Forty-four-year-old Jang Yeong-jin worked in the fisheries industry up in North Hamgyeong Province, married to a pretty school teacher whom his mother fixed him up with. Problem is, he felt no sexual attraction to the woman, so he was continually stressed and uncomfortable in the sack. After 7 years of marriage, the couple still had no children, and despite several visits to the hospital, they couldn’t discover the reason. They eventually had a son, but after 9 years of marriage, Jang finally applied for divorce. The North Korean authorities rarely allow divorces so permission was denied.

In the end, believing his wife would be happier without him, he escaped to China in a bid to defect, but was apparently denied entry by the South Korean embassy. Returning to North Korea, he decided to skip the middle men of the S. Korean Foreign Ministry and defect the hard way through the DMZ in Gangwon Province. During the course of being investigated by the nice men of S. Korea’s National Intelligence Service, Jang said he defected because, well, he disliked having to share a bed with his wife.

Two years into his residence in South Korea’s relatively open society, Jang happened upon a photograph in some newspaper of two men kissing. Apparently, this put some lead in his pencil, or to put it the Dong-A Ilbo way, “At that moment, he felt a thrill through his entire body.” It was then he realized he was gay. Afterwards, he began reading gay magazines, visiting gay bars and “sharing love” with other men. Jang finally felt “boundless happiness.”

However, last year, a man with whom Jang had fallen in love after meeting him in a gay bar absconded with the W50 million the defector had managed to save up. Penniless and ill, Jang lost his house and has been living in a rent house in Ansan. He vented, “Adjusting to life in the South has been tougher than crossing the DMZ.”

In 2014-15 Jang wrote a biographical novel titled ‘A Mark of Red Honor’ in which he described the mental agony of a loveless marriage and his longing for his adolescent cherished one. Jang was profiled in the New York Times on June 6, 2015. Read the story.

Some Juicy Gossip about Korean Leaders, Past and Present:
The Maybe-Gay Son of Kim Jong-Il Definitely Won’t Be North Korea’s Next Leader

As the world watches North Korea to see what will unfold next following the death of its “Dear Leader” Kim Jong-il, one thing is for certain: The country’s next ruler won’t be Jong-il’s second son, Kim Jong-chul, (photo right) who the Dear Leader reportedly bemoaned was too effeminate to lead.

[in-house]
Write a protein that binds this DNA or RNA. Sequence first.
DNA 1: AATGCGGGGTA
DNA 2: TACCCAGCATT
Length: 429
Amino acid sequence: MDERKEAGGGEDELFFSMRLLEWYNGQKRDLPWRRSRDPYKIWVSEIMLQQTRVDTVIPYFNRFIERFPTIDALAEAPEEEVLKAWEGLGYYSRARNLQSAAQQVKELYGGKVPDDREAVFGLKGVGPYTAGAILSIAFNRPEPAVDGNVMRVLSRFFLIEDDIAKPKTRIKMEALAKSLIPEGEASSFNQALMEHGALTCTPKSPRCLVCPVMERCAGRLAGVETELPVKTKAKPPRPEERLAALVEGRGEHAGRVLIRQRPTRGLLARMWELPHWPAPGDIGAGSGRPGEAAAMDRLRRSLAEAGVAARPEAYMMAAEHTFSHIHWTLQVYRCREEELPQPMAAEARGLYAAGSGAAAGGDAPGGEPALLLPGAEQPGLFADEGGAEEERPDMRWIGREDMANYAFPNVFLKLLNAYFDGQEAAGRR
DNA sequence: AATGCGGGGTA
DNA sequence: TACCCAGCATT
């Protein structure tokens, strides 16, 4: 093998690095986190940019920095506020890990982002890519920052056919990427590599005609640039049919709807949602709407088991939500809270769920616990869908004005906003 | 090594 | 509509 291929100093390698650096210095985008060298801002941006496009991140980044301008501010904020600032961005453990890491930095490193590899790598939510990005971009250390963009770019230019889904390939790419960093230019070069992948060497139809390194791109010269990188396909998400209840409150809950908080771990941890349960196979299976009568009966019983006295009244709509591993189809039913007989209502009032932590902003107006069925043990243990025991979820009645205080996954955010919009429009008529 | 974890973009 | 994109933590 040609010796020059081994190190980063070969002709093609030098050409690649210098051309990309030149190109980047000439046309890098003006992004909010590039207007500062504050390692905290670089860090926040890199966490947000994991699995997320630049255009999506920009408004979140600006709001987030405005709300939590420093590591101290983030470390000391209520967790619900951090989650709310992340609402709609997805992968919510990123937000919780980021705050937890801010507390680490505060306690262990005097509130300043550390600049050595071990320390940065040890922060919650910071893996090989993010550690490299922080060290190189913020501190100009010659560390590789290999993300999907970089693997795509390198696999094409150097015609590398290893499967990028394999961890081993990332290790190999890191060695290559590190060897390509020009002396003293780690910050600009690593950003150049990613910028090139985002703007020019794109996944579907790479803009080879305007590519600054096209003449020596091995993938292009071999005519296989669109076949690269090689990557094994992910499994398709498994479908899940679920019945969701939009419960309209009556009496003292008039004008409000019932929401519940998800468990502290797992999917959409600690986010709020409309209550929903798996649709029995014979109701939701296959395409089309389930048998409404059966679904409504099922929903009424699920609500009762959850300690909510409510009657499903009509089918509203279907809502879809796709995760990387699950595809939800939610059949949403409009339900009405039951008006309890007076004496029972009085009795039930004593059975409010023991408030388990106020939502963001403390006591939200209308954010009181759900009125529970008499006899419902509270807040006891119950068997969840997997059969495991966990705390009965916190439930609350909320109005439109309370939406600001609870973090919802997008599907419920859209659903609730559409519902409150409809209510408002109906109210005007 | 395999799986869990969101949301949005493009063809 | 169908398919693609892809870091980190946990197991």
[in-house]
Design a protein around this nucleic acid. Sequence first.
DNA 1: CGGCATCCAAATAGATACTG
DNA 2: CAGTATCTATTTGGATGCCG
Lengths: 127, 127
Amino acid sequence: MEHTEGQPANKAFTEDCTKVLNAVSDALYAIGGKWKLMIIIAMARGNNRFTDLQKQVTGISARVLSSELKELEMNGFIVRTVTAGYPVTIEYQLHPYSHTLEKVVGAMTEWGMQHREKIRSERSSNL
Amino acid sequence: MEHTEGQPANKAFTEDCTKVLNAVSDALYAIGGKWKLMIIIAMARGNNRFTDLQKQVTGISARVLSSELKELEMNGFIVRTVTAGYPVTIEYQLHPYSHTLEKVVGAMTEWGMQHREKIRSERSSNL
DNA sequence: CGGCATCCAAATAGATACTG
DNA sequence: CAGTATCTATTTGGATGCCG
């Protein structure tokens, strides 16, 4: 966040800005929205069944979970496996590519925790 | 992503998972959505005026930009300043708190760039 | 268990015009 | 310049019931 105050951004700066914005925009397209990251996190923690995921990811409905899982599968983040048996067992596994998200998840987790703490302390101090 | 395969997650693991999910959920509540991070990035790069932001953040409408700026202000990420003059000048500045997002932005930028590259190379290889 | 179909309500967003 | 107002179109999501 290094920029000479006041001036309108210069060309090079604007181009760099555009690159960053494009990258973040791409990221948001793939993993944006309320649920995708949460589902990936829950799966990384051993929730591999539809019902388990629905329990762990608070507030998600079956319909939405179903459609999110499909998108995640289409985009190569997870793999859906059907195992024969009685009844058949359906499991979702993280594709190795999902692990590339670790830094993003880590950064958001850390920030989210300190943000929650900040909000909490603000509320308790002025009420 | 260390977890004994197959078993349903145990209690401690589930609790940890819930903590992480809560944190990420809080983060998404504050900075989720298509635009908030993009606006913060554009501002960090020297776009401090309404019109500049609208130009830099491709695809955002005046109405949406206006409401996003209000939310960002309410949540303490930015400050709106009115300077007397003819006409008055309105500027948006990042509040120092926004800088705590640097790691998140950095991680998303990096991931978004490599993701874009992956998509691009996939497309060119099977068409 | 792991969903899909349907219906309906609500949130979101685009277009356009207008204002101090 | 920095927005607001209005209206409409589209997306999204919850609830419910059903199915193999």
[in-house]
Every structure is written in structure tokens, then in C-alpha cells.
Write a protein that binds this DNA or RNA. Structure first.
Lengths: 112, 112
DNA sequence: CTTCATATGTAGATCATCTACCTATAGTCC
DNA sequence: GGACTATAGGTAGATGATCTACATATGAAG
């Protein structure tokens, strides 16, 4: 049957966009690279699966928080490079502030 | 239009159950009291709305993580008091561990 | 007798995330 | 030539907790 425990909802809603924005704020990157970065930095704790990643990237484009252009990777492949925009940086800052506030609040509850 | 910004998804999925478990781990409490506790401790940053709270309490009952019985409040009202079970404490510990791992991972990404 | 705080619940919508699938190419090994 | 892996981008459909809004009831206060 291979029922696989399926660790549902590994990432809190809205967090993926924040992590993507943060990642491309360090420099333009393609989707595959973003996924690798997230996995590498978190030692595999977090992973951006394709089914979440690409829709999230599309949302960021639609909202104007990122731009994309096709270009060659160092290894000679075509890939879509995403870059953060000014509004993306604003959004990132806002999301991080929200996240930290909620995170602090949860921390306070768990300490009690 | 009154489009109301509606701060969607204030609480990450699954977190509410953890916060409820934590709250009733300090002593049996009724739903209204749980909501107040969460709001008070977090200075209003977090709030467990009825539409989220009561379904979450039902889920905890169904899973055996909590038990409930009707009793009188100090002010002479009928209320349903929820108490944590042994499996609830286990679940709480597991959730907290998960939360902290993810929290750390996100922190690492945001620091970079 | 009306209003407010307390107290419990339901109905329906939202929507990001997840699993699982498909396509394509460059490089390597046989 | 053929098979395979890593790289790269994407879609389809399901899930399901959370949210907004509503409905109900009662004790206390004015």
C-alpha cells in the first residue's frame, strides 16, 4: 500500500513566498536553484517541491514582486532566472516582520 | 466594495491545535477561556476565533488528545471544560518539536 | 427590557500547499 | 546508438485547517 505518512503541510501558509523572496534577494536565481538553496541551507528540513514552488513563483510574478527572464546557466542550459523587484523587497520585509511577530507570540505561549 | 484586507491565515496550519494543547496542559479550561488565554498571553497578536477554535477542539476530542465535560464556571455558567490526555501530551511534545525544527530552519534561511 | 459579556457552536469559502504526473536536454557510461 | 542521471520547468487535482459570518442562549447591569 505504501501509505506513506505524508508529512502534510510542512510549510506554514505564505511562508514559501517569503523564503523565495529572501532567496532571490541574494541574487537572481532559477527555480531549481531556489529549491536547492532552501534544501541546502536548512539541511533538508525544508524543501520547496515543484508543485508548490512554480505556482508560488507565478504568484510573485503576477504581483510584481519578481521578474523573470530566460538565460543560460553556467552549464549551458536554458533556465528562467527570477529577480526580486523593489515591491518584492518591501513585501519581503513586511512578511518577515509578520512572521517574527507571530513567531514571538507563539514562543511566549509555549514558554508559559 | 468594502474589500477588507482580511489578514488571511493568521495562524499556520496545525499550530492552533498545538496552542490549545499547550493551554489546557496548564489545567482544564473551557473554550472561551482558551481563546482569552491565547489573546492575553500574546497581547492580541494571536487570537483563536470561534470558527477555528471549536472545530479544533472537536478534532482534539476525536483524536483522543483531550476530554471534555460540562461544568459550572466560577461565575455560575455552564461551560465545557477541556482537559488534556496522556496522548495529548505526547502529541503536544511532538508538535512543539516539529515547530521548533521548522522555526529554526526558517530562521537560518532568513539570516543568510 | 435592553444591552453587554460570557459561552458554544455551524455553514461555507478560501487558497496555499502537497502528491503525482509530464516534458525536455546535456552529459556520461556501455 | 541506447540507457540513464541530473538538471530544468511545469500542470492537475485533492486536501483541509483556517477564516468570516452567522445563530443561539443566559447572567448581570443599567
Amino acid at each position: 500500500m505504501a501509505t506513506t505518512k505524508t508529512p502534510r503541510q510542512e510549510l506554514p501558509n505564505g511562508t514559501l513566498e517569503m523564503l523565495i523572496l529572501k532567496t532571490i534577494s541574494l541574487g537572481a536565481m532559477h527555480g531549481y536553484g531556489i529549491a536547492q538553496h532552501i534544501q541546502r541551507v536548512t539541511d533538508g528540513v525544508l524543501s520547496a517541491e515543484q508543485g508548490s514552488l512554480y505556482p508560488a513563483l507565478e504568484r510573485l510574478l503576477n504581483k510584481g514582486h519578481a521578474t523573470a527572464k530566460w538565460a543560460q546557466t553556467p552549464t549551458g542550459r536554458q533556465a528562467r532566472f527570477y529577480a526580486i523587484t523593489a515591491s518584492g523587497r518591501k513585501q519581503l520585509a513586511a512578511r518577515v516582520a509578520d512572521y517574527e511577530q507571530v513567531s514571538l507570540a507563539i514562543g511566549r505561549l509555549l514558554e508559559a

Like most things North Korean, Jong-chul is shrouded in mystery, but it is known that he’s the 30-year-old son of Jong-il and the late despot’s former consort Ko Young-hee.

He was educated in Switzerland and really really likes Eric Clapton: Earlier this year, Jong-chul was spotted at an Clapton concert in Singapore. In 2006 he attended several Clapton dates in Germany, then asked the rocker to perform in Pyongyang. (Clapton’s not exactly Elton or Mariah, so we’re not sure how that factors in determining his sexuality.)

For a few years early last decade, after it became clear that Dear Leader’s oldest son was way too much of a boob to ever take a leadership role, Jong-chul seemed the heir apparent—especially after the North Korean military started referring to Jong-chul’s mother as “The Respected Mother who is the Most Faithful and Loyal ‘Subject’ to the Dear Leader Comrade Supreme Commander.”

But Jong-chul’s role as successor started to unravel in 2003, when a former family sushi chef, using the pen-name Kenji Fujimoto, published a tell-all book in which he called Jong-chul useless because he was “like a girl.” In 2009, it was widely announced that son #3, Kim Jong-un, 28, would now be North Korea’s Next Top Dictator.

Were Jong-chul to magically rise to power, it wouldn’t be the first time Korea was perhaps gay-led. 14th century ruler Gongmin of Goryeo—interestingly, also a second son—was so notoriously boy-crazy that a 2008 South Korean film, A Frozen Flower, depicted a fictionalized account of the king’s romance with military commander Hong Lim.

Full story here: